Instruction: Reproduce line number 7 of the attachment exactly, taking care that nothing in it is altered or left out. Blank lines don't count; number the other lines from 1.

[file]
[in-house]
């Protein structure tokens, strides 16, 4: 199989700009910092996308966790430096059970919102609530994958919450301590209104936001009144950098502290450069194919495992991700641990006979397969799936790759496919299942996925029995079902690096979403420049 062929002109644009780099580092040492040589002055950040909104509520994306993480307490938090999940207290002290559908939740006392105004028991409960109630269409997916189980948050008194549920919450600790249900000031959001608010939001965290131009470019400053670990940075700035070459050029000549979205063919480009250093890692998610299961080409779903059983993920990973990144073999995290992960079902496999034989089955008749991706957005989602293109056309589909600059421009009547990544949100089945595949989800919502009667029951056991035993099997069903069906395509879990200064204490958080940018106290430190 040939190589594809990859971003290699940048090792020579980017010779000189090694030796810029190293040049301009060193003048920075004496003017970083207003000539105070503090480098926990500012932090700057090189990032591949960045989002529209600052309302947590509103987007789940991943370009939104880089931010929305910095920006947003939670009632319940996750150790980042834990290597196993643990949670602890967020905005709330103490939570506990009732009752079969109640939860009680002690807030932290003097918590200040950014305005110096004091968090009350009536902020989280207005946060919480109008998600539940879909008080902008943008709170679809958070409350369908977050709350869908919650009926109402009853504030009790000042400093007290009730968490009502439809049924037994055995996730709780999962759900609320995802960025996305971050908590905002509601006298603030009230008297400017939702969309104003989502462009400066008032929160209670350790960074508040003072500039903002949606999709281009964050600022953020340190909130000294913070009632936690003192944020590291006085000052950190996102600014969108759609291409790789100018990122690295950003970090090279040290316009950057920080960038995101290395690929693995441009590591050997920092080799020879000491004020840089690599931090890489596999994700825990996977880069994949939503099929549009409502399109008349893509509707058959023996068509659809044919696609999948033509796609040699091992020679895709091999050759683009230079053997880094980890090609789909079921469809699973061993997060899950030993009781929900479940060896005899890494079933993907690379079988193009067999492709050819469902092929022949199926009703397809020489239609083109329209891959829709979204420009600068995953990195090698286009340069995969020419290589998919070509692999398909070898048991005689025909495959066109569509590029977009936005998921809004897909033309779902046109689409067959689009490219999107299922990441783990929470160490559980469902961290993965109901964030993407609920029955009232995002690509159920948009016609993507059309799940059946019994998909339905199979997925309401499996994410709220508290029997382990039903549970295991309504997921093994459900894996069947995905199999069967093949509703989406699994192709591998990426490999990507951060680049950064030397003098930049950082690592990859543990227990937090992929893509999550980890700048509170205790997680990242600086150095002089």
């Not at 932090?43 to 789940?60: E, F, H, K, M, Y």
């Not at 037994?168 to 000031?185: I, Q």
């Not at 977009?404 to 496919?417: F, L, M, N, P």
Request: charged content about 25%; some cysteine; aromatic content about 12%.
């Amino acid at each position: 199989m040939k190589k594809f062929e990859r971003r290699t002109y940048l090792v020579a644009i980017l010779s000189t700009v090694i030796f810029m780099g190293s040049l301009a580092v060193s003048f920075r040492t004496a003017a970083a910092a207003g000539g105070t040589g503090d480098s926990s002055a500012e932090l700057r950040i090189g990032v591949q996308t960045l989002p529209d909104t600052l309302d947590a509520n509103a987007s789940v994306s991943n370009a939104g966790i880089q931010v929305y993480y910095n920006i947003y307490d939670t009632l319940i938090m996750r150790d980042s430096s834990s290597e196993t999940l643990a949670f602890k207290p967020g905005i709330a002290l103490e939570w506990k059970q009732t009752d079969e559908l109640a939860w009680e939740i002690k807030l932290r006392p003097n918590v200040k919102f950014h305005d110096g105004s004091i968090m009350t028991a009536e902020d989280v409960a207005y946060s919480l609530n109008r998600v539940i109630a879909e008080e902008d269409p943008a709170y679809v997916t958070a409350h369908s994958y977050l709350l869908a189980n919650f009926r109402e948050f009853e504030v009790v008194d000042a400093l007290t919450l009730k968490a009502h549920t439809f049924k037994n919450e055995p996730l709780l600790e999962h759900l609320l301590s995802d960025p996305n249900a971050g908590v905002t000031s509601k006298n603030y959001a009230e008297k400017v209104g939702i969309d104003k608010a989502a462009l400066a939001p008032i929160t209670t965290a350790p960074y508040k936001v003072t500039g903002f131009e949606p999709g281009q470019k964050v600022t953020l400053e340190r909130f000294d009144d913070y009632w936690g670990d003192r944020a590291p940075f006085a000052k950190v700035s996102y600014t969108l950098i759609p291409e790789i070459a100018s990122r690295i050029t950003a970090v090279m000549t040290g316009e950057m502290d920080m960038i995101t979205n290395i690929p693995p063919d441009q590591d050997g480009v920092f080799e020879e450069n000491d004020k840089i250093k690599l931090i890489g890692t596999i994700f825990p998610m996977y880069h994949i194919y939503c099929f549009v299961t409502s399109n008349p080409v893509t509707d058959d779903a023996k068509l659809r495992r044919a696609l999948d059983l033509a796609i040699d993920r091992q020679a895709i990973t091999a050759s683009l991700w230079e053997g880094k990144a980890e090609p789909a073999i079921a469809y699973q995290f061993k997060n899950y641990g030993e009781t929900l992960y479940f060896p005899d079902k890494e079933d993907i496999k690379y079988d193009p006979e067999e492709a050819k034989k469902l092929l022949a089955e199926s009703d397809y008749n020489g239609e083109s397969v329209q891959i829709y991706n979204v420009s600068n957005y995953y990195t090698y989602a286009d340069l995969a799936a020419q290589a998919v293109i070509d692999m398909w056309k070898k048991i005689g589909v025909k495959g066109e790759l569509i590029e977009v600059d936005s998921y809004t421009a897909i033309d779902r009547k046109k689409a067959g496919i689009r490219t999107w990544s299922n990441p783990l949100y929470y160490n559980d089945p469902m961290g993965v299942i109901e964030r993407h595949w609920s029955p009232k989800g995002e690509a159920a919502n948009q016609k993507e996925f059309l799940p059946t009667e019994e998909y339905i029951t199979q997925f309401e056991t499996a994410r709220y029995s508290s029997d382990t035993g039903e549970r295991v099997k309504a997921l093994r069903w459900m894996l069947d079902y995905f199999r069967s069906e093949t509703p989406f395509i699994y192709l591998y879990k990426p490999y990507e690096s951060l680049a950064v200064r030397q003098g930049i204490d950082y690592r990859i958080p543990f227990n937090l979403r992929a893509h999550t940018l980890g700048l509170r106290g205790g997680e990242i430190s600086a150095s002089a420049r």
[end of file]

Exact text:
């Amino acid at each position: 199989m040939k190589k594809f062929e990859r971003r290699t002109y940048l090792v020579a644009i980017l010779s000189t700009v090694i030796f810029m780099g190293s040049l301009a580092v060193s003048f920075r040492t004496a003017a970083a910092a207003g000539g105070t040589g503090d480098s926990s002055a500012e932090l700057r950040i090189g990032v591949q996308t960045l989002p529209d909104t600052l309302d947590a509520n509103a987007s789940v994306s991943n370009a939104g966790i880089q931010v929305y993480y910095n920006i947003y307490d939670t009632l319940i938090m996750r150790d980042s430096s834990s290597e196993t999940l643990a949670f602890k207290p967020g905005i709330a002290l103490e939570w506990k059970q009732t009752d079969e559908l109640a939860w009680e939740i002690k807030l932290r006392p003097n918590v200040k919102f950014h305005d110096g105004s004091i968090m009350t028991a009536e902020d989280v409960a207005y946060s919480l609530n109008r998600v539940i109630a879909e008080e902008d269409p943008a709170y679809v997916t958070a409350h369908s994958y977050l709350l869908a189980n919650f009926r109402e948050f009853e504030v009790v008194d000042a400093l007290t919450l009730k968490a009502h549920t439809f049924k037994n919450e055995p996730l709780l600790e999962h759900l609320l301590s995802d960025p996305n249900a971050g908590v905002t000031s509601k006298n603030y959001a009230e008297k400017v209104g939702i969309d104003k608010a989502a462009l400066a939001p008032i929160t209670t965290a350790p960074y508040k936001v003072t500039g903002f131009e949606p999709g281009q470019k964050v600022t953020l400053e340190r909130f000294d009144d913070y009632w936690g670990d003192r944020a590291p940075f006085a000052k950190v700035s996102y600014t969108l950098i759609p291409e790789i070459a100018s990122r690295i050029t950003a970090v090279m000549t040290g316009e950057m502290d920080m960038i995101t979205n290395i690929p693995p063919d441009q590591d050997g480009v920092f080799e020879e450069n000491d004020k840089i250093k690599l931090i890489g890692t596999i994700f825990p998610m996977y880069h994949i194919y939503c099929f549009v299961t409502s399109n008349p080409v893509t509707d058959d779903a023996k068509l659809r495992r044919a696609l999948d059983l033509a796609i040699d993920r091992q020679a895709i990973t091999a050759s683009l991700w230079e053997g880094k990144a980890e090609p789909a073999i079921a469809y699973q995290f061993k997060n899950y641990g030993e009781t929900l992960y479940f060896p005899d079902k890494e079933d993907i496999k690379y079988d193009p006979e067999e492709a050819k034989k469902l092929l022949a089955e199926s009703d397809y008749n020489g239609e083109s397969v329209q891959i829709y991706n979204v420009s600068n957005y995953y990195t090698y989602a286009d340069l995969a799936a020419q290589a998919v293109i070509d692999m398909w056309k070898k048991i005689g589909v025909k495959g066109e790759l569509i590029e977009v600059d936005s998921y809004t421009a897909i033309d779902r009547k046109k689409a067959g496919i689009r490219t999107w990544s299922n990441p783990l949100y929470y160490n559980d089945p469902m961290g993965v299942i109901e964030r993407h595949w609920s029955p009232k989800g995002e690509a159920a919502n948009q016609k993507e996925f059309l799940p059946t009667e019994e998909y339905i029951t199979q997925f309401e056991t499996a994410r709220y029995s508290s029997d382990t035993g039903e549970r295991v099997k309504a997921l093994r069903w459900m894996l069947d079902y995905f199999r069967s069906e093949t509703p989406f395509i699994y192709l591998y879990k990426p490999y990507e690096s951060l680049a950064v200064r030397q003098g930049i204490d950082y690592r990859i958080p543990f227990n937090l979403r992929a893509h999550t940018l980890g700048l509170r106290g205790g997680e990242i430190s600086a150095s002089a420049r």